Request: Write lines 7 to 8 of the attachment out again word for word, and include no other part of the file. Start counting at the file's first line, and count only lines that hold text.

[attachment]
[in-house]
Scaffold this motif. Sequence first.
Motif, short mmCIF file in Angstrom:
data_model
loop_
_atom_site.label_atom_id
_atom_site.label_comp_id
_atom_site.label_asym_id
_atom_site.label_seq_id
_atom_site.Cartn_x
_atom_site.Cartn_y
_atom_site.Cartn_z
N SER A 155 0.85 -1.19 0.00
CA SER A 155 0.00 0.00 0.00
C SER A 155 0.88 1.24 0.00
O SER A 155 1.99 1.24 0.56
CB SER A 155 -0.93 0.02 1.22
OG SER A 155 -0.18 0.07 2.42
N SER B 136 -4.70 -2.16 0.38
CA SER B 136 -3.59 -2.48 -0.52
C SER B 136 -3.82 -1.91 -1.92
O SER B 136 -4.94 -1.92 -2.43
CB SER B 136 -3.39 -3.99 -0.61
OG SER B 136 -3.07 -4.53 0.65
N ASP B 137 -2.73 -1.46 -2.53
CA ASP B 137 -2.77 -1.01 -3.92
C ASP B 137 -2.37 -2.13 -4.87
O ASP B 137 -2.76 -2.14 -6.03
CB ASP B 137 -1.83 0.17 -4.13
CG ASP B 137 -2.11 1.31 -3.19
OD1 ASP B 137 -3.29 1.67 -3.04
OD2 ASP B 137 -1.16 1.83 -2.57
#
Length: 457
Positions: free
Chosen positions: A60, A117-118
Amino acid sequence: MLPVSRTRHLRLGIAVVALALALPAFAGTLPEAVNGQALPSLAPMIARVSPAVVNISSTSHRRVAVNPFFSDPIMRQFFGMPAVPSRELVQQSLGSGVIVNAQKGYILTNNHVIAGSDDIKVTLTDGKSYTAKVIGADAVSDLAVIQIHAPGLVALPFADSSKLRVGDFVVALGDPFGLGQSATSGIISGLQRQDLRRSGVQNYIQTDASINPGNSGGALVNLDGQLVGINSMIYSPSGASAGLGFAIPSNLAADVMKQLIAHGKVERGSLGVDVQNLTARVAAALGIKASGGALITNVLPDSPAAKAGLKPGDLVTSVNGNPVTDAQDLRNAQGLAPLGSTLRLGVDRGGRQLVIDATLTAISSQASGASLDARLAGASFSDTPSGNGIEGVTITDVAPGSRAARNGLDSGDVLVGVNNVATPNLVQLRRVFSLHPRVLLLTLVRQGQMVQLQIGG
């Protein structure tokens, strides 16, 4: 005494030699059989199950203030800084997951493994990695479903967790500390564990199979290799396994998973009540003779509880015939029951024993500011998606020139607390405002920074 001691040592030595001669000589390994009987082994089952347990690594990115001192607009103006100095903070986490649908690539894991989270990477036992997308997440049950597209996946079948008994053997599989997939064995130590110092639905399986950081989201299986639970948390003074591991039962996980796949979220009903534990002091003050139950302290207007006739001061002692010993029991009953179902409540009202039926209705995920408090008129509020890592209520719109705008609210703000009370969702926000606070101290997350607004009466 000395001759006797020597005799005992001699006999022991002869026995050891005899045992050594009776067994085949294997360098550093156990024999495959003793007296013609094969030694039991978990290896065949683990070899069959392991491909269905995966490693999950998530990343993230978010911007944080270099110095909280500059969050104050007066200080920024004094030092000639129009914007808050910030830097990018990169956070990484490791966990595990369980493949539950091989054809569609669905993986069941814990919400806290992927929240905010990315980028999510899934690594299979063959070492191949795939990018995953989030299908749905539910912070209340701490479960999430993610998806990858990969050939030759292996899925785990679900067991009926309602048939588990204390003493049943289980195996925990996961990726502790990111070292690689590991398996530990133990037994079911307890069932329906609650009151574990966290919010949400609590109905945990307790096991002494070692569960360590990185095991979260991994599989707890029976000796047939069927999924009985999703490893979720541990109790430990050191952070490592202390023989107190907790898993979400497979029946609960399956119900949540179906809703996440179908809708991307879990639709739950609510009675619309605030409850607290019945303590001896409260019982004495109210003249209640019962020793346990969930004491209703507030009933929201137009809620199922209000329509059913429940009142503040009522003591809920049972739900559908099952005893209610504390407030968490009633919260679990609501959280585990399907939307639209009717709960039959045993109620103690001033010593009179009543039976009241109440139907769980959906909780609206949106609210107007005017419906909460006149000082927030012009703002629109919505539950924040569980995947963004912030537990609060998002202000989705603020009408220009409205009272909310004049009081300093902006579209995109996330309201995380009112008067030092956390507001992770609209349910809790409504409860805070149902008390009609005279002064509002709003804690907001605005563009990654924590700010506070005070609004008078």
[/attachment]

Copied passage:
_atom_site.label_comp_id
_atom_site.label_asym_id